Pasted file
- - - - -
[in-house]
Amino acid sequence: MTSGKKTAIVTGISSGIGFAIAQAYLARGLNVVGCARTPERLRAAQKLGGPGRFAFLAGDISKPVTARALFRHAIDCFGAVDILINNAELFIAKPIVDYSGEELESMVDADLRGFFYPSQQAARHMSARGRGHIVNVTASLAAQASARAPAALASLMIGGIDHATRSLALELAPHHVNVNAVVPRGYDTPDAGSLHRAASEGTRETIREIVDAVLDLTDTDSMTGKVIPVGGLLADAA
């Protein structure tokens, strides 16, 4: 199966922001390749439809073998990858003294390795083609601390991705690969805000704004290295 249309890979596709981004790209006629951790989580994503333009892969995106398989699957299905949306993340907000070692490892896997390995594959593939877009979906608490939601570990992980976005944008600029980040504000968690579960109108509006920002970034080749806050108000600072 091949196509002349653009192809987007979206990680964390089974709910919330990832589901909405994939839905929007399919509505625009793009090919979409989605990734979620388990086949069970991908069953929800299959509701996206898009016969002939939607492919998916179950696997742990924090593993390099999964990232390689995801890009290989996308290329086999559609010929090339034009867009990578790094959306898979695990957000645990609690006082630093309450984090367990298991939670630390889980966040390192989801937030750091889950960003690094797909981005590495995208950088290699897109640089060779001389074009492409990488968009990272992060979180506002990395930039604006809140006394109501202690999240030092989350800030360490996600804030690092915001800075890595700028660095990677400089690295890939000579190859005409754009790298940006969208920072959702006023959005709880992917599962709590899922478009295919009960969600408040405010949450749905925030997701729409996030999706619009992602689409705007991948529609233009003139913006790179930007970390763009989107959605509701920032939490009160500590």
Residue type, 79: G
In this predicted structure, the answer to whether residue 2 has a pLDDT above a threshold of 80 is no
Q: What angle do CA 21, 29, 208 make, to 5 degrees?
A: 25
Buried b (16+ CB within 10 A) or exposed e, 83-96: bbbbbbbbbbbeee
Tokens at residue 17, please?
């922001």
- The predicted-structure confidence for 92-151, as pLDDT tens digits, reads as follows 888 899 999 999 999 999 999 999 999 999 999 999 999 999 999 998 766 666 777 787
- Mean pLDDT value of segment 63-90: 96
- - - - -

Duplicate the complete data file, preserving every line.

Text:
[in-house]
Amino acid sequence: MTSGKKTAIVTGISSGIGFAIAQAYLARGLNVVGCARTPERLRAAQKLGGPGRFAFLAGDISKPVTARALFRHAIDCFGAVDILINNAELFIAKPIVDYSGEELESMVDADLRGFFYPSQQAARHMSARGRGHIVNVTASLAAQASARAPAALASLMIGGIDHATRSLALELAPHHVNVNAVVPRGYDTPDAGSLHRAASEGTRETIREIVDAVLDLTDTDSMTGKVIPVGGLLADAA
């Protein structure tokens, strides 16, 4: 199966922001390749439809073998990858003294390795083609601390991705690969805000704004290295 249309890979596709981004790209006629951790989580994503333009892969995106398989699957299905949306993340907000070692490892896997390995594959593939877009979906608490939601570990992980976005944008600029980040504000968690579960109108509006920002970034080749806050108000600072 091949196509002349653009192809987007979206990680964390089974709910919330990832589901909405994939839905929007399919509505625009793009090919979409989605990734979620388990086949069970991908069953929800299959509701996206898009016969002939939607492919998916179950696997742990924090593993390099999964990232390689995801890009290989996308290329086999559609010929090339034009867009990578790094959306898979695990957000645990609690006082630093309450984090367990298991939670630390889980966040390192989801937030750091889950960003690094797909981005590495995208950088290699897109640089060779001389074009492409990488968009990272992060979180506002990395930039604006809140006394109501202690999240030092989350800030360490996600804030690092915001800075890595700028660095990677400089690295890939000579190859005409754009790298940006969208920072959702006023959005709880992917599962709590899922478009295919009960969600408040405010949450749905925030997701729409996030999706619009992602689409705007991948529609233009003139913006790179930007970390763009989107959605509701920032939490009160500590």
Residue type, 79: G
In this predicted structure, the answer to whether residue 2 has a pLDDT above a threshold of 80 is no
Q: What angle do CA 21, 29, 208 make, to 5 degrees?
A: 25
Buried b (16+ CB within 10 A) or exposed e, 83-96: bbbbbbbbbbbeee
Tokens at residue 17, please?
């922001």
- The predicted-structure confidence for 92-151, as pLDDT tens digits, reads as follows 888 899 999 999 999 999 999 999 999 999 999 999 999 999 999 998 766 666 777 787
- Mean pLDDT value of segment 63-90: 96